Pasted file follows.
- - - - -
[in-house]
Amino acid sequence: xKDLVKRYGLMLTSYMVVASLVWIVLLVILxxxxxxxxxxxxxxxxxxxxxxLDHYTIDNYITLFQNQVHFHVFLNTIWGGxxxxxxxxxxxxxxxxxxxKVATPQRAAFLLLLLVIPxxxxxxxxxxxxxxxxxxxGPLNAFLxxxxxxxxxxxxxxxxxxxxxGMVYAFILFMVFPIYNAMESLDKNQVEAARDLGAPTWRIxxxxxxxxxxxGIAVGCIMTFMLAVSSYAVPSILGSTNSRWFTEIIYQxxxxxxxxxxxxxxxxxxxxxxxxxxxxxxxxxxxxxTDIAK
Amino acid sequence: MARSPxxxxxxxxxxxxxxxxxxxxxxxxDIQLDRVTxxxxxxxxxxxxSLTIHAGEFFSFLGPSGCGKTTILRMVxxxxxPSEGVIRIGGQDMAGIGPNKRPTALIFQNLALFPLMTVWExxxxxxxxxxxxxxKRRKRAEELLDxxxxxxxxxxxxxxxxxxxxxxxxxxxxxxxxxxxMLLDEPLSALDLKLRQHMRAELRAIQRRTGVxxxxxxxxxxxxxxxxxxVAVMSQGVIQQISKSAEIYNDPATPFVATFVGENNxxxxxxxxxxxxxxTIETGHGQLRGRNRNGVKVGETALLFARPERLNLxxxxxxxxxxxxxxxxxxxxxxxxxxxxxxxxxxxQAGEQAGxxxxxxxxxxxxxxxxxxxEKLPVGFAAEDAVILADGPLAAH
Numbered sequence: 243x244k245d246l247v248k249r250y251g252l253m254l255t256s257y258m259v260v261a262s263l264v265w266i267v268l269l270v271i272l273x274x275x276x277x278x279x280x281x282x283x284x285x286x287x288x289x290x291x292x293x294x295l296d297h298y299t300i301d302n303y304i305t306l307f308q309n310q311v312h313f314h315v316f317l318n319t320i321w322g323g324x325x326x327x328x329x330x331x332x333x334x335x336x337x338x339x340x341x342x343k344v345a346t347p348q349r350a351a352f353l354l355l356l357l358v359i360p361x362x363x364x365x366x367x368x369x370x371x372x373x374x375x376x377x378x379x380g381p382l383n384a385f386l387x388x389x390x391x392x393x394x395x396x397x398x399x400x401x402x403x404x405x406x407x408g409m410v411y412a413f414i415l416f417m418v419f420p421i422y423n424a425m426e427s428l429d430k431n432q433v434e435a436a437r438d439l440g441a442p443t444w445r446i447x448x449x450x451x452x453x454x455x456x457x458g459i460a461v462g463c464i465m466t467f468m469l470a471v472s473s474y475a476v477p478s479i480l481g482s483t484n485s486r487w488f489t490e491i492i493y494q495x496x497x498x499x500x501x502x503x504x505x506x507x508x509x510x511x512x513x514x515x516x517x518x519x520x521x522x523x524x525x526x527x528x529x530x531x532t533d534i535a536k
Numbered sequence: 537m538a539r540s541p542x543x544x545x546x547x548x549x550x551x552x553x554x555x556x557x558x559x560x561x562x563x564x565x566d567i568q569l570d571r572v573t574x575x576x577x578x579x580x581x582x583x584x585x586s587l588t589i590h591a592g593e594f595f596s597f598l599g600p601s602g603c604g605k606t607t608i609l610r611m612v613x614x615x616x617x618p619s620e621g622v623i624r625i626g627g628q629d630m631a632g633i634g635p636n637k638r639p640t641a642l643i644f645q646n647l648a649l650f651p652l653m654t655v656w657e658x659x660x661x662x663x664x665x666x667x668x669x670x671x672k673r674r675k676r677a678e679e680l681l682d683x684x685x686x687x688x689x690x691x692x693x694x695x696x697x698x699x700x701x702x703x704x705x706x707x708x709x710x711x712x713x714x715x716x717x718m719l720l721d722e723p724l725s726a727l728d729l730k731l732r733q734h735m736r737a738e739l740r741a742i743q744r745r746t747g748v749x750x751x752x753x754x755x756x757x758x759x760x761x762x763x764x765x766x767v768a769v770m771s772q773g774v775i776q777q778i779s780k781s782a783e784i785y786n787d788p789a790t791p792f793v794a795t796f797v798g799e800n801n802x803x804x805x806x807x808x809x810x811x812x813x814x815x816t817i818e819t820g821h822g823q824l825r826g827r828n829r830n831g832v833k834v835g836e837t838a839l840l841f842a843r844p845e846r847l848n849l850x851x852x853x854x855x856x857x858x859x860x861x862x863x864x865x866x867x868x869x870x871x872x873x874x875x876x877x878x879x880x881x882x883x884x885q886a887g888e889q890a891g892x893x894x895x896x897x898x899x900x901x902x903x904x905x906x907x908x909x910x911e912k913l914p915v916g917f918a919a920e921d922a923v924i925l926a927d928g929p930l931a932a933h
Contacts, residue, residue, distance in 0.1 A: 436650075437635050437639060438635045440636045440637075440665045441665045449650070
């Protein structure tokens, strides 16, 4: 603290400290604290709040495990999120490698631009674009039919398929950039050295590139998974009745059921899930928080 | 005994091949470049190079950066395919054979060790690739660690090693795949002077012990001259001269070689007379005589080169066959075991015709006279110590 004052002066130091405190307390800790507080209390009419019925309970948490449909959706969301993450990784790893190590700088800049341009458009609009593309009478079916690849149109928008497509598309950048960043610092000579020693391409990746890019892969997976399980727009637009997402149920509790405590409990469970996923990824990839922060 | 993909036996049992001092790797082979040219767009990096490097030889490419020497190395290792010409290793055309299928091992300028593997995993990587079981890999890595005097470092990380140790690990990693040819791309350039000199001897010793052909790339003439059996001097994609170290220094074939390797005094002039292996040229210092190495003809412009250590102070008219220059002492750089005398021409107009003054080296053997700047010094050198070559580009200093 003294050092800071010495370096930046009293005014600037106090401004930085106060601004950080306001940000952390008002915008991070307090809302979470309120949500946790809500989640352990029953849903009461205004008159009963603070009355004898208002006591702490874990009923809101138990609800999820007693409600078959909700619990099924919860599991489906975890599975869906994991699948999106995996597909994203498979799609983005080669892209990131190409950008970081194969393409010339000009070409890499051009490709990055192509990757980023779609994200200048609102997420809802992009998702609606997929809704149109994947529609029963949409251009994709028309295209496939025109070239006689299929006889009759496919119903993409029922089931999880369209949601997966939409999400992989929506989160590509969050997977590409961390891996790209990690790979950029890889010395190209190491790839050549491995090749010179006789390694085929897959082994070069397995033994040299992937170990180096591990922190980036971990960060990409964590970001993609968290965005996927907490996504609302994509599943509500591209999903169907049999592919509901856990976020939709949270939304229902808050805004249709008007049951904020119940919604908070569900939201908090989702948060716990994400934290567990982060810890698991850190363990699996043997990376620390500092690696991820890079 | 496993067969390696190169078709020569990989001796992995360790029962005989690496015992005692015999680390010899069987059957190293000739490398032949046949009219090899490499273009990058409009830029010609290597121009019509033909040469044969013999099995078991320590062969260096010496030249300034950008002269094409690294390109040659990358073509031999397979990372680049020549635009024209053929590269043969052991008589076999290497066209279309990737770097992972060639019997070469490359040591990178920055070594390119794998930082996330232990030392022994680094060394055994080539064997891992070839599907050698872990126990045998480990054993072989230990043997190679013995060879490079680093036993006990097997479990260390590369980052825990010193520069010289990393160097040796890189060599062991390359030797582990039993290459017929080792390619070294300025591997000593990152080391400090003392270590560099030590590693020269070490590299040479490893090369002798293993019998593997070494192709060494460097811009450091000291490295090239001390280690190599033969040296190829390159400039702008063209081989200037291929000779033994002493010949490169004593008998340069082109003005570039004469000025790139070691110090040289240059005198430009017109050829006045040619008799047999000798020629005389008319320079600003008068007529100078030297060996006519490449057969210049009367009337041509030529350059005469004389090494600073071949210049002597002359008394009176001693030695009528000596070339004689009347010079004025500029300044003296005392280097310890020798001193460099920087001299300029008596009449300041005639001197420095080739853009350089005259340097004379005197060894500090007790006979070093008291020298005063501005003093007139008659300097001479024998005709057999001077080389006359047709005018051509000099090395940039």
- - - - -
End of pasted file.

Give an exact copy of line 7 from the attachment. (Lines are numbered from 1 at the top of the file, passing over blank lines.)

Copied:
């Protein structure tokens, strides 16, 4: 603290400290604290709040495990999120490698631009674009039919398929950039050295590139998974009745059921899930928080 | 005994091949470049190079950066395919054979060790690739660690090693795949002077012990001259001269070689007379005589080169066959075991015709006279110590 004052002066130091405190307390800790507080209390009419019925309970948490449909959706969301993450990784790893190590700088800049341009458009609009593309009478079916690849149109928008497509598309950048960043610092000579020693391409990746890019892969997976399980727009637009997402149920509790405590409990469970996923990824990839922060 | 993909036996049992001092790797082979040219767009990096490097030889490419020497190395290792010409290793055309299928091992300028593997995993990587079981890999890595005097470092990380140790690990990693040819791309350039000199001897010793052909790339003439059996001097994609170290220094074939390797005094002039292996040229210092190495003809412009250590102070008219220059002492750089005398021409107009003054080296053997700047010094050198070559580009200093 003294050092800071010495370096930046009293005014600037106090401004930085106060601004950080306001940000952390008002915008991070307090809302979470309120949500946790809500989640352990029953849903009461205004008159009963603070009355004898208002006591702490874990009923809101138990609800999820007693409600078959909700619990099924919860599991489906975890599975869906994991699948999106995996597909994203498979799609983005080669892209990131190409950008970081194969393409010339000009070409890499051009490709990055192509990757980023779609994200200048609102997420809802992009998702609606997929809704149109994947529609029963949409251009994709028309295209496939025109070239006689299929006889009759496919119903993409029922089931999880369209949601997966939409999400992989929506989160590509969050997977590409961390891996790209990690790979950029890889010395190209190491790839050549491995090749010179006789390694085929897959082994070069397995033994040299992937170990180096591990922190980036971990960060990409964590970001993609968290965005996927907490996504609302994509599943509500591209999903169907049999592919509901856990976020939709949270939304229902808050805004249709008007049951904020119940919604908070569900939201908090989702948060716990994400934290567990982060810890698991850190363990699996043997990376620390500092690696991820890079 | 496993067969390696190169078709020569990989001796992995360790029962005989690496015992005692015999680390010899069987059957190293000739490398032949046949009219090899490499273009990058409009830029010609290597121009019509033909040469044969013999099995078991320590062969260096010496030249300034950008002269094409690294390109040659990358073509031999397979990372680049020549635009024209053929590269043969052991008589076999290497066209279309990737770097992972060639019997070469490359040591990178920055070594390119794998930082996330232990030392022994680094060394055994080539064997891992070839599907050698872990126990045998480990054993072989230990043997190679013995060879490079680093036993006990097997479990260390590369980052825990010193520069010289990393160097040796890189060599062991390359030797582990039993290459017929080792390619070294300025591997000593990152080391400090003392270590560099030590590693020269070490590299040479490893090369002798293993019998593997070494192709060494460097811009450091000291490295090239001390280690190599033969040296190829390159400039702008063209081989200037291929000779033994002493010949490169004593008998340069082109003005570039004469000025790139070691110090040289240059005198430009017109050829006045040619008799047999000798020629005389008319320079600003008068007529100078030297060996006519490449057969210049009367009337041509030529350059005469004389090494600073071949210049002597002359008394009176001693030695009528000596070339004689009347010079004025500029300044003296005392280097310890020798001193460099920087001299300029008596009449300041005639001197420095080739853009350089005259340097004379005197060894500090007790006979070093008291020298005063501005003093007139008659300097001479024998005709057999001077080389006359047709005018051509000099090395940039």